LETTER: If Clitheroe homes are abandoned, Barrow will suffer
Having read your front page article (Clitheroe Advertiser and Times, February 16th), concerning local opposition to the proposed development on Standen Estates, I was delighted to read about the strength of feeling aroused and the success of the petition which was started.
However, I do wonder if those involved have thought about some of the wider consequences if local councillors decide to change their minds over their decision on the Core Strategy? One of the original proposals residents were asked to consider and decide upon was a development of around 2,000 houses at Barrow. If the Standen scheme was abandoned or watered down, would we residents of Barrow find ourselves saddled with an enormous dormitory suburb?
Before any decisions on the Core Strategy had been taken, some of the residents of Barrow and Wiswell got together and formed Barrow Action Group, with a view to fighting our own corner if necessary. We are, of course, quite unable to muster the level of support the CRAG group has been able to obtain and many of the smaller settlements in the valley will be in the same boat if they have to cope with increased numbers of people, traffic, demand for schools and other facilities.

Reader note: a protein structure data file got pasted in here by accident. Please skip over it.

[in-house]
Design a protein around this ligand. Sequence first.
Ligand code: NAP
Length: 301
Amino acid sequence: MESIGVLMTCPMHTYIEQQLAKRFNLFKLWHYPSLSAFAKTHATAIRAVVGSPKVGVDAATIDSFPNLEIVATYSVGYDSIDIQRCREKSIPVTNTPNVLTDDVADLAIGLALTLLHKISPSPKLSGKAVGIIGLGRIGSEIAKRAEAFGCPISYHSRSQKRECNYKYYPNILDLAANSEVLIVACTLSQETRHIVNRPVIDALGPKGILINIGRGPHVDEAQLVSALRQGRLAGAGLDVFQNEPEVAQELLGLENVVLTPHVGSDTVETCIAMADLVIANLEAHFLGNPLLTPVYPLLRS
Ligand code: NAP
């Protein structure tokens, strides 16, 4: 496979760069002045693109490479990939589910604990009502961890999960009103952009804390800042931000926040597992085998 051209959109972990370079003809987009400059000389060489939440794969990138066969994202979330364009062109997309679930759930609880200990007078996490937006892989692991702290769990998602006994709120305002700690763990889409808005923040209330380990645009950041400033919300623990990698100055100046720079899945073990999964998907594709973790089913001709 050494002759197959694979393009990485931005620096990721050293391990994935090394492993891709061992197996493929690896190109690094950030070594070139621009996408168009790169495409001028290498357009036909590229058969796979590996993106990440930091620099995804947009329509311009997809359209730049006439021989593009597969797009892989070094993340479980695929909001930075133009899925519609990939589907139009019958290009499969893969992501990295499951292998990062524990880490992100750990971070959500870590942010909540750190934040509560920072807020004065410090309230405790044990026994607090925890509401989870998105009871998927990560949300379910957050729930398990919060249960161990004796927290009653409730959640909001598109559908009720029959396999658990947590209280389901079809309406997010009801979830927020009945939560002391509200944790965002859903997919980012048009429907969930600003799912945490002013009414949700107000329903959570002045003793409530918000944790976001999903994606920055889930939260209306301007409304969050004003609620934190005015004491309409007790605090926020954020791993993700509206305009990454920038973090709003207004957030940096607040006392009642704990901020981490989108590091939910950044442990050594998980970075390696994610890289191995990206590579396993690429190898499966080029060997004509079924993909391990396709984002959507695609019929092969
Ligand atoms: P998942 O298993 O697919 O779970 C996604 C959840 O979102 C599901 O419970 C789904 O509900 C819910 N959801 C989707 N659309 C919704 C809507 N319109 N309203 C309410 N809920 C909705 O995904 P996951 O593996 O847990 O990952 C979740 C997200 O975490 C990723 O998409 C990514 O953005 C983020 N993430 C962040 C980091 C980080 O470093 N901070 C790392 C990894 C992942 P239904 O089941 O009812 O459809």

I would also point out that if housing is switched from Standen to other areas, such as Barrow, the problems outlined recently in your letters column will not be much alleviated. Standen is not much further from the centre of Clitheroe than, for example, Barrow, and people will still need to travel there for shops, schools, medical facilities and leisure.
Already, there is a rumour the owners of the land at Barrow have written to the council suggesting now would be a good time to build some more houses at Barrow and they would be prepared to put traffic calming measures and so on in the village. With several hundred more houses, such measures would certainly be needed and also in Whalley and also, perhaps, Wiswell! One advantage of the Standen Hall site is, of course, the fact traffic can access the A59 bypass directly, without passing through local villages, an important factor given that most of the residents will have to leave the valley every day to go to work.
When the decision about the Core Strategy and future housing in the Ribble Valley was announced, the councillors involved were accused of “nimbyism”, but in situations such as this, everyone feels entitled to fight their own corner. I was interested to read the article by Coun. Hirst in the paper today (February 23rd), which gave a very concise insight into some of the problems faced in dealing with the Core Strategy and the government thinking behind it.
I am delighted to read of the commitment to preserving, as far as possible, the rural nature of the valley and hope this will continue to be an important factor in any decision making. Finally, better to have a credible plan in place so the council will have more “clout” in any negotiations with developers in future than an unregulated free for all.
Barrow Action Group